Against “hipster”

I realised I was going to ban “hipster” from my vocabulary sometime last week, when the morning host on the country’s most popular radio station referred to the few million that watched a viral video as “hipsters”.

“Hipster” is over. Fini. Kaput. What used to be a celebration of indie and alternative has now become a word used by everyone — from the most controversial TV host in an Eastern European country to my grandma. It has not only been exhausted as a concept, but worse, filled with meanings for whatever is different than the accepted norm.

  • It contradicts something you already believe in? It’s hipster.
  • It’s something you never heard of but sounds shady? Hipster.
  • You’re not willing to make an effort to understand a particular choice? Hiiiiipster.

It sounds just as pejorative as any other politically incorrect term.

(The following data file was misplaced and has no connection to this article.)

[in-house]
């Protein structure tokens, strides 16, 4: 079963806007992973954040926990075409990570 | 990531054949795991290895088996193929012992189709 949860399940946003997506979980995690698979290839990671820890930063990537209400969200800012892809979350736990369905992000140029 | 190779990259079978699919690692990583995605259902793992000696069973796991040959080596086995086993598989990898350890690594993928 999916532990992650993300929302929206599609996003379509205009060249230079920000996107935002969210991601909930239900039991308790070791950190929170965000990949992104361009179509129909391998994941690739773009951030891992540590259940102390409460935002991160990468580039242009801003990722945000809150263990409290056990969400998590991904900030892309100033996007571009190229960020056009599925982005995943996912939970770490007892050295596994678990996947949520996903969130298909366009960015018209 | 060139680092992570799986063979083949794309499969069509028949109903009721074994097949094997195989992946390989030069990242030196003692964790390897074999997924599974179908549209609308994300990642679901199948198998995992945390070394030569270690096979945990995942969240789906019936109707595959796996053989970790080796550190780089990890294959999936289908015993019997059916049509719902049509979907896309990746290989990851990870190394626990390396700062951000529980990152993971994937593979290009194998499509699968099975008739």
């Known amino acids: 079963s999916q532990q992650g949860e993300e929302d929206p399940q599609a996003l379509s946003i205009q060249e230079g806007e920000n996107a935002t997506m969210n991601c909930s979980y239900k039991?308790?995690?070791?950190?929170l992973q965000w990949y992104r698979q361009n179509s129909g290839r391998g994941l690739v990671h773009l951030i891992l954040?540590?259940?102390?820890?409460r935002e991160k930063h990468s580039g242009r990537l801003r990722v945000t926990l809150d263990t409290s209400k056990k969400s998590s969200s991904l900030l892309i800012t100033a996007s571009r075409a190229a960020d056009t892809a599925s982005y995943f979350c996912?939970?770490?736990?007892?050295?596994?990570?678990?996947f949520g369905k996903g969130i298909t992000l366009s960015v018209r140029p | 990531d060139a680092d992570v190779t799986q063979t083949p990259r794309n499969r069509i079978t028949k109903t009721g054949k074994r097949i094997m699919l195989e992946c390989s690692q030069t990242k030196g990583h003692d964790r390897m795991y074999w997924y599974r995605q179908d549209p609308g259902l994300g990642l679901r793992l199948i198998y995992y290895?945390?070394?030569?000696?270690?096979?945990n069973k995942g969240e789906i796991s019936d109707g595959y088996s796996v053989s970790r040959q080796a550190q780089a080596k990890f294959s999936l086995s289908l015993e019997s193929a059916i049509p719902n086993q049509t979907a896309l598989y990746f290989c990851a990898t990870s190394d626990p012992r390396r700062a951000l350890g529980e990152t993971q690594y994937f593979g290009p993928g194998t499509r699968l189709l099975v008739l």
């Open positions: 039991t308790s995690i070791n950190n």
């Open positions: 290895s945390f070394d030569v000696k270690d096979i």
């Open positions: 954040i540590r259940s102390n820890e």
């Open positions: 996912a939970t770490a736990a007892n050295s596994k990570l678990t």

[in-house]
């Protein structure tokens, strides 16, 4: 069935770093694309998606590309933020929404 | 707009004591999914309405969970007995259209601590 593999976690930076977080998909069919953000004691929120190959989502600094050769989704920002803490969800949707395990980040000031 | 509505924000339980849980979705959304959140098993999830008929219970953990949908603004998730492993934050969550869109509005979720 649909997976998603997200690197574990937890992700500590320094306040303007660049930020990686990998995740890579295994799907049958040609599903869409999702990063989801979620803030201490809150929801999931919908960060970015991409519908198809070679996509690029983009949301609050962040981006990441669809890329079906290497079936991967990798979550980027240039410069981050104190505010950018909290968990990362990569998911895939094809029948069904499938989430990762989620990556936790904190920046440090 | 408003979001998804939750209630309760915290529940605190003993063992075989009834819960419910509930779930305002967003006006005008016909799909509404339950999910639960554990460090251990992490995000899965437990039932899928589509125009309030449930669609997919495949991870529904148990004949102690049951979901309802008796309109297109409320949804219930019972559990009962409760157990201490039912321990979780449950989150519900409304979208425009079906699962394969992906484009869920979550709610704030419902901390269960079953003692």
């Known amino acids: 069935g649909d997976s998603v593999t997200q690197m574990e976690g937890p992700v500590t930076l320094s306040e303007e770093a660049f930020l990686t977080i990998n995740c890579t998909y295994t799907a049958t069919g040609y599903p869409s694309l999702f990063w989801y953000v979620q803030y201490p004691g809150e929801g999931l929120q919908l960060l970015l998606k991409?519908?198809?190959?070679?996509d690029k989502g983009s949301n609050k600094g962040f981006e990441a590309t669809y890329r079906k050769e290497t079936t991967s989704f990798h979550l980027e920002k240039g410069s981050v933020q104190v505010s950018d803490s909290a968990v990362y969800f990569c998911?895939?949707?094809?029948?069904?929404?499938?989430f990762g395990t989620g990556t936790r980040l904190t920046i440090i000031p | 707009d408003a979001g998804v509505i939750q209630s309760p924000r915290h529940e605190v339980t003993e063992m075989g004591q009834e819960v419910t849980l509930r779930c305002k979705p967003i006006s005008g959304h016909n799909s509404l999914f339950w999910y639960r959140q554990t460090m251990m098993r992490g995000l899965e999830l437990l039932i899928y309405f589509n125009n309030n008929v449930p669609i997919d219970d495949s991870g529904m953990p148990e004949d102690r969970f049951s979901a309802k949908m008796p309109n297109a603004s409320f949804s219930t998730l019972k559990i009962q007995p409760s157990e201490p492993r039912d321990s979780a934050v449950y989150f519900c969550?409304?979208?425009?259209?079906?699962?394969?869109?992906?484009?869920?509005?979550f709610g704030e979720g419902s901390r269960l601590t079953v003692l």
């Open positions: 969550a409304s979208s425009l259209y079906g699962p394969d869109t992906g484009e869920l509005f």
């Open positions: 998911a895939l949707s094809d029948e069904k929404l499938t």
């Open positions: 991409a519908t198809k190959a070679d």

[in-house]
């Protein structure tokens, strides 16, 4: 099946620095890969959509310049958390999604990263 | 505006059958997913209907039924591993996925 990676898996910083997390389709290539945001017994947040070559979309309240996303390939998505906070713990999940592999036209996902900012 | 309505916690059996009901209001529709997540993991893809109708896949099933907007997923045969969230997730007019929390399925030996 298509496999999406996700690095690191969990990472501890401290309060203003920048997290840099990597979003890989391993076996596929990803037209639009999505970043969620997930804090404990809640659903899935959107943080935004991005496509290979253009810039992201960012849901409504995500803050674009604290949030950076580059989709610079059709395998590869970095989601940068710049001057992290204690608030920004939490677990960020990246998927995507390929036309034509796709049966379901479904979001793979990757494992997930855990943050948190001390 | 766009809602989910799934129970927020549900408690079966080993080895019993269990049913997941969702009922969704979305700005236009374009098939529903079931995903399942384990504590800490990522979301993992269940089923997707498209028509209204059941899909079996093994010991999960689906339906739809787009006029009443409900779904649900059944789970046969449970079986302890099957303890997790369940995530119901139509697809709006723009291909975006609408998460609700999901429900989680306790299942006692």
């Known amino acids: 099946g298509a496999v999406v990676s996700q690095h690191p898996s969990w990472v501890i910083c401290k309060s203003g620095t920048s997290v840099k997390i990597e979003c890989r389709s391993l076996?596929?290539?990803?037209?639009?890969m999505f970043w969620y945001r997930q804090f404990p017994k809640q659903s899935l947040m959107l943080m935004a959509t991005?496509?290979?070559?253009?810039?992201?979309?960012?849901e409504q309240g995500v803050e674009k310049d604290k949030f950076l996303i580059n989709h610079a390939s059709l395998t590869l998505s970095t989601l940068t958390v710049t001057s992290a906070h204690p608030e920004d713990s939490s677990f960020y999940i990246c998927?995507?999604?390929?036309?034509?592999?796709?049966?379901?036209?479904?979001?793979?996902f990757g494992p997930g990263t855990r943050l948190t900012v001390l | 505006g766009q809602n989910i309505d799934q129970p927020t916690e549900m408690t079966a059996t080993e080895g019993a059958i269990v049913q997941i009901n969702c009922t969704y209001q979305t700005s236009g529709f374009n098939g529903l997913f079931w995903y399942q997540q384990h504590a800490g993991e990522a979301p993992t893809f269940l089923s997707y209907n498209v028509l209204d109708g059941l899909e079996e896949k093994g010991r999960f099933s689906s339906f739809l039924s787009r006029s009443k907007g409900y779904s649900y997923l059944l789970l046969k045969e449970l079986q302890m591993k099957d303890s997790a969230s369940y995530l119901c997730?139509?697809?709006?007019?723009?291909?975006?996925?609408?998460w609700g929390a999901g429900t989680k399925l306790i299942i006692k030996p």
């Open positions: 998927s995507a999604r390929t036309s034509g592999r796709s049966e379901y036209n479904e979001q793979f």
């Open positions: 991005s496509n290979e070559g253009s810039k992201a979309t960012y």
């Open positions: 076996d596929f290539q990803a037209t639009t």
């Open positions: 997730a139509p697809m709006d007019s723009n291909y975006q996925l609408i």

But “hipster” is not over because of the word’s fatigue. After all, it would be easy to find a fancy new concept that describes the inclination towards the niches. Most of all, “hipster” is over because, as some of my favorite guys in the world have put it — “We live in mass indie times”.

It would be silly to assume that in today’s connected and globalised world our choices and tastes are unique and special. Maybe you like buying your chocolate bars from a little organic company in Bulgaria. Maybe you listen to a band that has less than 1000 listens on Spotify. Maybe you like going to a bar that no one knows of. Your choices may be about the less-known, small-sized, underground *whatever* — but so are mine, my friends’, my parents’ and so on.

The alternatives are everywhere. They no longer imply extensive research or specialised knowledge. Alternative has gone mainstream.

And so, we’re all hipsters in a sense. It would benefit us to accept being different as the new norm and to become more tolerant by eliminating “hipster” from our vocabulary.

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